Splendor in the Glass

Memorial Day has passed, so it’s OK to drink white. But, “The first duty of a wine is to be red.” That quip has been attributed to various wags, most enduringly to Alec Waugh, English novelist, who added, “the second is to be a Burgundy,” by which he meant pinot noir (not an unreasonable amendment, according to pinotphiles). Wine scholars have argued that Waugh was merely repeating an eno-adage that originated in the Middle Ages, or maybe with the antique Greeks. Whatever the actual source, a lot of bad attitudes about white wine have ensued. For one, there is the continuing notion that white wines should be served ice-cold, fine move if we don’t want to actually taste them (really, 53-60 degrees would be about right). Two, many folks think whites are not “serious,” mainly because they can never be as complex, as deeply flavored as reds; exceptions are noted for French Sauternes and the great white Burgundies (i.e., chardonnays), and the Germans might chime in with words for their superb Rieslings. Some of this is probably true: Great reds tend to pack more punch, but if we’re going to explore the duties of wine, we should leave be plenty of room for whites.

Winophile Stephen Tanzer, on his website Winophilia, asked various eno-mavens about the “first duty” of wine, eliciting diverse responses. One of the most intriguing came from Oregon’s Josh Bergstrom, whose wines are excellent: “If we are but hedonists, then wine is all about the pleasure. If we are students, then wine should stimulate our personal education and growth and appreciation. The fun is balancing the two.”

I’d argue that we’ve twisted the question by personifying wine and thus missing the point that duty belongs to the maker of the wine. And the winemaker’s first duty is to craft wines that are good food, not just good complements to food. Frank Ernandes, owner of Mazzi’s, led me to this insight when he pointed out that, to Italians, wine is the liquid course in a meal, hence it is food. And like all the other courses, the wine should be well-made, flavorful and nourishing. And it should be selected to fit into the menu; it should not detract from other courses, nor overshadow other flavors. If winemakers find fun in balancing wines’ pleasures and intellectual stimulation, a host should take some pleasures in finding wines that marry into a menu for any meal that is more about dining than merely eating.

All this adds up to claiming that white wines can be grand foods and grand with food. And we shouldn’t get stuck in old formulas — whites with fish and fowl, reds with meats. Some fowl — emu, ostrich, duck — taste just fine matched with the right red wine. And some reds — mature Bordeaux for example — just hide their flavors under, say, a grilled steak. Salmon, depending on the preparation, tastes delish with some Oregon pinot noirs. Pairing food and wine is part of the stimulation of our “education and growth” to which Bergstrom refers.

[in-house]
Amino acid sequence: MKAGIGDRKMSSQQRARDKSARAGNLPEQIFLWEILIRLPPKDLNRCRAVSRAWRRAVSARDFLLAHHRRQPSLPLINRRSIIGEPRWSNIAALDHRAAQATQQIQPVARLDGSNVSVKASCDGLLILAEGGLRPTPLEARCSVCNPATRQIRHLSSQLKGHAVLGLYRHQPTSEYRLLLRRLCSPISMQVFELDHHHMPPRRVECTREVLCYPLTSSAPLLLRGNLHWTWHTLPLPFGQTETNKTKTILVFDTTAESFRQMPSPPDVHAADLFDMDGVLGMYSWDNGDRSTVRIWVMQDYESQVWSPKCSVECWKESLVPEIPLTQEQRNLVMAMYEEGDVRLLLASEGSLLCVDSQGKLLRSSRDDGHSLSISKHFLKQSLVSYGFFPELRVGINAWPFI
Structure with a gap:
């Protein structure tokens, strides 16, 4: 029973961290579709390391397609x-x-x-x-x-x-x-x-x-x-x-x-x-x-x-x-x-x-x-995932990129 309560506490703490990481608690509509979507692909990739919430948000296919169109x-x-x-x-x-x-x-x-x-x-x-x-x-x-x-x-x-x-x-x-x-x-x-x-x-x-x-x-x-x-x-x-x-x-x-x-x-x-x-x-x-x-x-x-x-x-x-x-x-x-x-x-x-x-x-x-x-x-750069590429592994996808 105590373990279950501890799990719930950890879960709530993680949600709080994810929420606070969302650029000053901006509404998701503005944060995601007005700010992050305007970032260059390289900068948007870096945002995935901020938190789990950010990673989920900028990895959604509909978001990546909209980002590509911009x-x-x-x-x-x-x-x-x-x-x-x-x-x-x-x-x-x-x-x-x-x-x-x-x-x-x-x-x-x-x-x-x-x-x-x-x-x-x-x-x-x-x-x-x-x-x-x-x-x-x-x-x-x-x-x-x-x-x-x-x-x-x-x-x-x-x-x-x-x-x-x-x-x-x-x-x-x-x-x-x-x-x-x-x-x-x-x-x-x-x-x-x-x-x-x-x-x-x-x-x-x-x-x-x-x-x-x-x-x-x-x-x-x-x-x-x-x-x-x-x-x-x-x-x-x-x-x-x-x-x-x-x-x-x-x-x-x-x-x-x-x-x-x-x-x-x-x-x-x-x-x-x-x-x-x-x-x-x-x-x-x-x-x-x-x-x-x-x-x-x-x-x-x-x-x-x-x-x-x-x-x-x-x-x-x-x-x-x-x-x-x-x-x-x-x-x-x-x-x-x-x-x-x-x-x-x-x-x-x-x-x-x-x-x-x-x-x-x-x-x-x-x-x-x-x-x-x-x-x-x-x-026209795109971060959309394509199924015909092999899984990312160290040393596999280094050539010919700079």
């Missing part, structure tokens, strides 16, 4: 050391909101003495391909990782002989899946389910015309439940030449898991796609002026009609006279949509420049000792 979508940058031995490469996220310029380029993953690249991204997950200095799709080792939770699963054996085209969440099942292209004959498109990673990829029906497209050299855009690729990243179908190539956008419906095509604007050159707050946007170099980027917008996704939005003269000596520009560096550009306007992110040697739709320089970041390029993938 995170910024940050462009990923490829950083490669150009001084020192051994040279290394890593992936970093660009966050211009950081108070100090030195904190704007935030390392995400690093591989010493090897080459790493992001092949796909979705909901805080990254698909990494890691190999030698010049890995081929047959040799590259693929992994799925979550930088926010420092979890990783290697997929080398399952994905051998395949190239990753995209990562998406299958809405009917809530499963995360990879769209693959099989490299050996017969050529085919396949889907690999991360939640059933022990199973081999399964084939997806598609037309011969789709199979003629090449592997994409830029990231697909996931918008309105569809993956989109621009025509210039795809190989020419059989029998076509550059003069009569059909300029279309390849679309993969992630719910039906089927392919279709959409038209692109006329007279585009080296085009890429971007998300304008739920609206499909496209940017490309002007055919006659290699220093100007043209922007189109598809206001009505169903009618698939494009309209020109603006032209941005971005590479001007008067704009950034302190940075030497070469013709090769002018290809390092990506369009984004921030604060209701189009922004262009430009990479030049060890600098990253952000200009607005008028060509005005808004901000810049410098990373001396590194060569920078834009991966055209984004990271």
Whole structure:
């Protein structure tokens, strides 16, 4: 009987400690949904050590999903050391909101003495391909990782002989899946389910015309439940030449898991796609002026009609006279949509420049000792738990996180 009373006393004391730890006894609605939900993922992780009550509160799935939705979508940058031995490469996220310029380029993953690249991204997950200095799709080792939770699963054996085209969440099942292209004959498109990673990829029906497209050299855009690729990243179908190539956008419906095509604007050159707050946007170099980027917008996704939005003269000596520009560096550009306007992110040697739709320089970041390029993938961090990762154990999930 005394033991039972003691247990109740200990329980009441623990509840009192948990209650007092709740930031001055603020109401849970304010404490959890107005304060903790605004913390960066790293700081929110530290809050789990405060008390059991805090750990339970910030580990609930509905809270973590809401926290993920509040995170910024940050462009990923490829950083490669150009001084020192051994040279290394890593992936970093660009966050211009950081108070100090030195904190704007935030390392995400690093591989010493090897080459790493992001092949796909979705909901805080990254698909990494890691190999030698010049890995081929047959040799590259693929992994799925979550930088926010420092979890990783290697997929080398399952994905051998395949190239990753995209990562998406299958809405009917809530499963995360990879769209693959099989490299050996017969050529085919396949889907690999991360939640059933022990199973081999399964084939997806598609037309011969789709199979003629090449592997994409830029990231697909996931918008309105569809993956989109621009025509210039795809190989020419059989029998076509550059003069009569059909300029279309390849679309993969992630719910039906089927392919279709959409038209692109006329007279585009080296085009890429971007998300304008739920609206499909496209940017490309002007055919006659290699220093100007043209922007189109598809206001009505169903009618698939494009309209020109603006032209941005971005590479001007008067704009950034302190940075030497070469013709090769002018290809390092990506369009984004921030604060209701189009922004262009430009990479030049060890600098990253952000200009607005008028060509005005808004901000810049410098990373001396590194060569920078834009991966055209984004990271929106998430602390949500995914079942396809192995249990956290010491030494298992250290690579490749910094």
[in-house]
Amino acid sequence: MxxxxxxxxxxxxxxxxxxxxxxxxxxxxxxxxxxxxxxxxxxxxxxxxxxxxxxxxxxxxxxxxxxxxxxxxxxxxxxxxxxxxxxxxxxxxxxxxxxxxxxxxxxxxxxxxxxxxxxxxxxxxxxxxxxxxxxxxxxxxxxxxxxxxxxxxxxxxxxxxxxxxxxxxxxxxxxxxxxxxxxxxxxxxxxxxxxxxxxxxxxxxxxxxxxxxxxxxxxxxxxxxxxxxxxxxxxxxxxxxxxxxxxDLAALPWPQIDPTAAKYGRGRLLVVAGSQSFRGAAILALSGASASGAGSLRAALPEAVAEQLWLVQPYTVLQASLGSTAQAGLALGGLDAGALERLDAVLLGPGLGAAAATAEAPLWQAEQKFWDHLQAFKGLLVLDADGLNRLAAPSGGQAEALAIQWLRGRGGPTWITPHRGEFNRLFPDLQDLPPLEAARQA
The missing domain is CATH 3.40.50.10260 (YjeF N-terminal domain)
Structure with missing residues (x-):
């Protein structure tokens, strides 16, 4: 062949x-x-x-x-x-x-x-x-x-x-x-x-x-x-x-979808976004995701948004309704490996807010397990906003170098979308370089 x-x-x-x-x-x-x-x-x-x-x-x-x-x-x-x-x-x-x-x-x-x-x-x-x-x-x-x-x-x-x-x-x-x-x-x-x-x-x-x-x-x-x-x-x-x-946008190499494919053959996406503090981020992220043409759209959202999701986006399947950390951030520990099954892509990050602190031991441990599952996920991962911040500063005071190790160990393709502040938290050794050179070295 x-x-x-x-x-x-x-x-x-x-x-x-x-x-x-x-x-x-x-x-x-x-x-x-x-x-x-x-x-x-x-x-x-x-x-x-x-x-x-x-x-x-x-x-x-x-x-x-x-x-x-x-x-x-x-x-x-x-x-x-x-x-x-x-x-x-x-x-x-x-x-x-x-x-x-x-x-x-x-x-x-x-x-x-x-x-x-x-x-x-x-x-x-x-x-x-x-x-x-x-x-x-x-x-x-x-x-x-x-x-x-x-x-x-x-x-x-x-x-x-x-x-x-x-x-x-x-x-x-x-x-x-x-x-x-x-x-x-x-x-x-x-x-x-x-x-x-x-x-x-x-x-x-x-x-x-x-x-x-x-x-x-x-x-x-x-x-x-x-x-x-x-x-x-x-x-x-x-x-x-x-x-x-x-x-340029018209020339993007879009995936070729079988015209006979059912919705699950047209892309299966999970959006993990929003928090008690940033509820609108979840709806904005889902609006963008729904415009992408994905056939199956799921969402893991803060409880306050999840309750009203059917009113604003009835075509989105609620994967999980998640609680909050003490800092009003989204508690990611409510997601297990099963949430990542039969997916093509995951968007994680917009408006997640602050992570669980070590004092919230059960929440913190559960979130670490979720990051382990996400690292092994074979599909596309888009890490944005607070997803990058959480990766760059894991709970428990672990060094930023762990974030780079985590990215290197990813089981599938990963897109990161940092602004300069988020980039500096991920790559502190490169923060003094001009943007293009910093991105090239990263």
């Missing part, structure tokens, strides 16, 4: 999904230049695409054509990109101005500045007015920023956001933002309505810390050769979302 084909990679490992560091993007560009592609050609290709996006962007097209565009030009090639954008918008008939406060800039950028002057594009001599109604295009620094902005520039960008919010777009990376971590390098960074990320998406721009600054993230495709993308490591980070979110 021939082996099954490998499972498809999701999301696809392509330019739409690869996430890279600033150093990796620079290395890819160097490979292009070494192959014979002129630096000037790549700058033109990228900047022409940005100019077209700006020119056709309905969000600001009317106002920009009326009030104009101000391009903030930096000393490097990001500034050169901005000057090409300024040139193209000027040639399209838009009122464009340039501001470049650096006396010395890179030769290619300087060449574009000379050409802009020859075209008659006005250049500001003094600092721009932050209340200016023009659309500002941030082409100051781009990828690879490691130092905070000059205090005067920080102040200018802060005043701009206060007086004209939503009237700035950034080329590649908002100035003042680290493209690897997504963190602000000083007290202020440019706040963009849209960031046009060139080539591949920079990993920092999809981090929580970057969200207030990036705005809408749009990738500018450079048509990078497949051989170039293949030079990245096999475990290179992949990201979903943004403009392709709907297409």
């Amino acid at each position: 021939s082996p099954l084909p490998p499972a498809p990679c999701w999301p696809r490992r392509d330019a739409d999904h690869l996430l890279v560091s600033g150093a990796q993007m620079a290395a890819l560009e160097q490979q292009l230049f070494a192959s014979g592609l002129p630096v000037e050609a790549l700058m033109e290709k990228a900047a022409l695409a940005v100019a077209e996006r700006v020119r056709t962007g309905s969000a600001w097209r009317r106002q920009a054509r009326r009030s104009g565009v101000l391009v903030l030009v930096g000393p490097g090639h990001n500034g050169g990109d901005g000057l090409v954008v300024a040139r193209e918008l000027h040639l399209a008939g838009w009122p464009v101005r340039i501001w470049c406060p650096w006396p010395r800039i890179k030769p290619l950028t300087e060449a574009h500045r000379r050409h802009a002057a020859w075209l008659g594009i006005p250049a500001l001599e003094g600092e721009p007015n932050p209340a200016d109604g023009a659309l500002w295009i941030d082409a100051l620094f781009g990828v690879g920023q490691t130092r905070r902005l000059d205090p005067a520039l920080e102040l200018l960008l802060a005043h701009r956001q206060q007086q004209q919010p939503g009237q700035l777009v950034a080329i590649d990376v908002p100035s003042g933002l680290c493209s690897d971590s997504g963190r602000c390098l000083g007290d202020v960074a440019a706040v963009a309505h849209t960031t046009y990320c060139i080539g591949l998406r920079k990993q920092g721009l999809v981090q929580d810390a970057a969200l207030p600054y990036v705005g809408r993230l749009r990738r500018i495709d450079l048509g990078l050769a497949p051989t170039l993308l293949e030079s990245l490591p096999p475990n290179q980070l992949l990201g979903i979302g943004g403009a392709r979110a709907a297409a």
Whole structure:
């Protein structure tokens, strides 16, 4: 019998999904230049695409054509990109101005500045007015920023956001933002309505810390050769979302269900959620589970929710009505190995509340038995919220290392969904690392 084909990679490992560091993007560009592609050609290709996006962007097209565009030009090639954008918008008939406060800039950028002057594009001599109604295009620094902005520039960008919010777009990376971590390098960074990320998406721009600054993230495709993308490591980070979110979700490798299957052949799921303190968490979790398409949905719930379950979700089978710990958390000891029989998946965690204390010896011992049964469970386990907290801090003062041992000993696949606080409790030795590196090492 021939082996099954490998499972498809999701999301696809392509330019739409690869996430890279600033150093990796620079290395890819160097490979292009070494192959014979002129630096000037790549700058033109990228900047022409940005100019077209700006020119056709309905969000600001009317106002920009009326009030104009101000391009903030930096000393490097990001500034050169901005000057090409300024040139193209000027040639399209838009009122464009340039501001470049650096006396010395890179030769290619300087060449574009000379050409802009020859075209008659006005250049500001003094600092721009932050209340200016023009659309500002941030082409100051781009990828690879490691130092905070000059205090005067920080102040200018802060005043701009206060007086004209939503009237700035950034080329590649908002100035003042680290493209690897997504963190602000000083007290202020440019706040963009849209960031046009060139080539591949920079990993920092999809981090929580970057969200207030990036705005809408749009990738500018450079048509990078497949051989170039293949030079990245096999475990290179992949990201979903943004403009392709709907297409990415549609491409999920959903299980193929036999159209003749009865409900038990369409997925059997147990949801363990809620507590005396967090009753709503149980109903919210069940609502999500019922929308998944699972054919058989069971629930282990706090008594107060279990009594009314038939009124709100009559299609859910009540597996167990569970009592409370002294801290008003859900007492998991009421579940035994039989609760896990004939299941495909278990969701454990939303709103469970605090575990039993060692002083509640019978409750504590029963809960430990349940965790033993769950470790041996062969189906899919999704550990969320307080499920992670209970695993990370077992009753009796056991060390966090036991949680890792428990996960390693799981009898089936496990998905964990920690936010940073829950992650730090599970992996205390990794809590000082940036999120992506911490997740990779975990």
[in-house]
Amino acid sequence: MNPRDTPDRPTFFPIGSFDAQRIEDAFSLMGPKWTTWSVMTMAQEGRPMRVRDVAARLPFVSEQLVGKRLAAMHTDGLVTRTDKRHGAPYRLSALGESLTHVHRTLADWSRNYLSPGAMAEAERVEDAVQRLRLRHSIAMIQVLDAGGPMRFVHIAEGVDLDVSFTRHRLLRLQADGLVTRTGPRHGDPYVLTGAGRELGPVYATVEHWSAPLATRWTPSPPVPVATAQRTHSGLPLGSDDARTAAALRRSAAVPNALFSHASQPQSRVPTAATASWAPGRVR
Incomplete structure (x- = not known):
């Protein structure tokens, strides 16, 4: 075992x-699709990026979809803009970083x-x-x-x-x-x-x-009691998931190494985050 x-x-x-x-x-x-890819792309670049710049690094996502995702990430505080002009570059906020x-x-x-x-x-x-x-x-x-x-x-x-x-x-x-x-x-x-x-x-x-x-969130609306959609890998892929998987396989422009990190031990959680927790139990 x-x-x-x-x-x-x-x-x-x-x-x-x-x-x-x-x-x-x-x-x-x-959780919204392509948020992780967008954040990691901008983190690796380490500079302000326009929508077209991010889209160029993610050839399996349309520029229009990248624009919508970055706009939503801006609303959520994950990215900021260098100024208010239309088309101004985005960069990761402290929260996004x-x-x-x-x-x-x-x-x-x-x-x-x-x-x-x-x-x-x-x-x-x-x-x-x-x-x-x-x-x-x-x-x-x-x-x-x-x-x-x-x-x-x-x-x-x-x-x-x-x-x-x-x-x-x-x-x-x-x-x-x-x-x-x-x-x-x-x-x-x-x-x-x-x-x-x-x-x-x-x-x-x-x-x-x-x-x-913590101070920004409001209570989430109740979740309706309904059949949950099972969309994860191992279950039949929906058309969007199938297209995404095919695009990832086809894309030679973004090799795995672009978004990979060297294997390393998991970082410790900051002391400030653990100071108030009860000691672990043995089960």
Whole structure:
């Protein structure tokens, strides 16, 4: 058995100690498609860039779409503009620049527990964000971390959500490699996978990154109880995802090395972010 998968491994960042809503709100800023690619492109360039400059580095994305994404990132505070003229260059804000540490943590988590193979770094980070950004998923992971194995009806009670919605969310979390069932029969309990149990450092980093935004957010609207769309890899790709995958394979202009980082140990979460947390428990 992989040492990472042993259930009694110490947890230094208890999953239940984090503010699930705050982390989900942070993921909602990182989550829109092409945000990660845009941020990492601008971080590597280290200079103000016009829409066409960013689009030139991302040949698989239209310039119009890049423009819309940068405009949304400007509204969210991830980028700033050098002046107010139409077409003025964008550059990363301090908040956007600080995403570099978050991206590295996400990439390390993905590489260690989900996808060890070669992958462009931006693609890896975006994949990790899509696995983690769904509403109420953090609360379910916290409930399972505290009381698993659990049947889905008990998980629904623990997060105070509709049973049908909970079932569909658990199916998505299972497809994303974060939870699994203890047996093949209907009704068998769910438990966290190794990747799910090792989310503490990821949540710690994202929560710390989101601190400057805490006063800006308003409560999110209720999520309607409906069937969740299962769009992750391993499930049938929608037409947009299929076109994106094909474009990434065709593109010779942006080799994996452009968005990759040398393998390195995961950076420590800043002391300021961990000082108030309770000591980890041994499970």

Consider these in your learning, and your pleasures:

This month’s Consumer Reports praises inexpensive chardonnays, including Charles Shaw, the infamous “three-buck Chuck” (still only $3). No denying it: Chuck’s a drinkable bargain, simple and citrusy but quite tolerable, at that price. And it’s hard for Oregon’s makers of chardonnay to compete, even if our chards far surpass Chuck in quality. But we have Oak Knoll 2007 Unoaked Chardonnay ($7, on sale), waaay more complex than Chuck, mature without being tired, yummy with cheesy pastas.

Oregon chardonnays have risen from the grave in recent vintages, with prices soaring. Want the best? Try Cameron 2010 Clos Electrique ($58) or Bergström 2010 Old Stones ($29). St. Innocent 2011 Freedom Hill Chardonnay is outstanding ($19). Looking for a benchmark chardonnay experience? Lafon 2008 Puligny Montrachet ($127), white Burgundy that sorta sets the world standard and will etch a memory. Strapped for cash? Back to Chuck.

For a few bux more, don’t miss Chehalem 2012 Pinot Gris ($10), a beauty, firm, round and well-balanced, just the ticket for that fresh cod.

Still insist on red? Our neighbors near Monroe offer Benton-Lane 2011 Estate Pinot Noir at a bargain price ($19), delivering defined black cherry/raspberry flavors, nicely balanced, versatile, good food, good with food.

Outta time, outta space, last words: Whatever the first duty of wine — or winemakers — our first duty remains: Tend this garden with love and intelligence. And don’t neglect pretty white wines.

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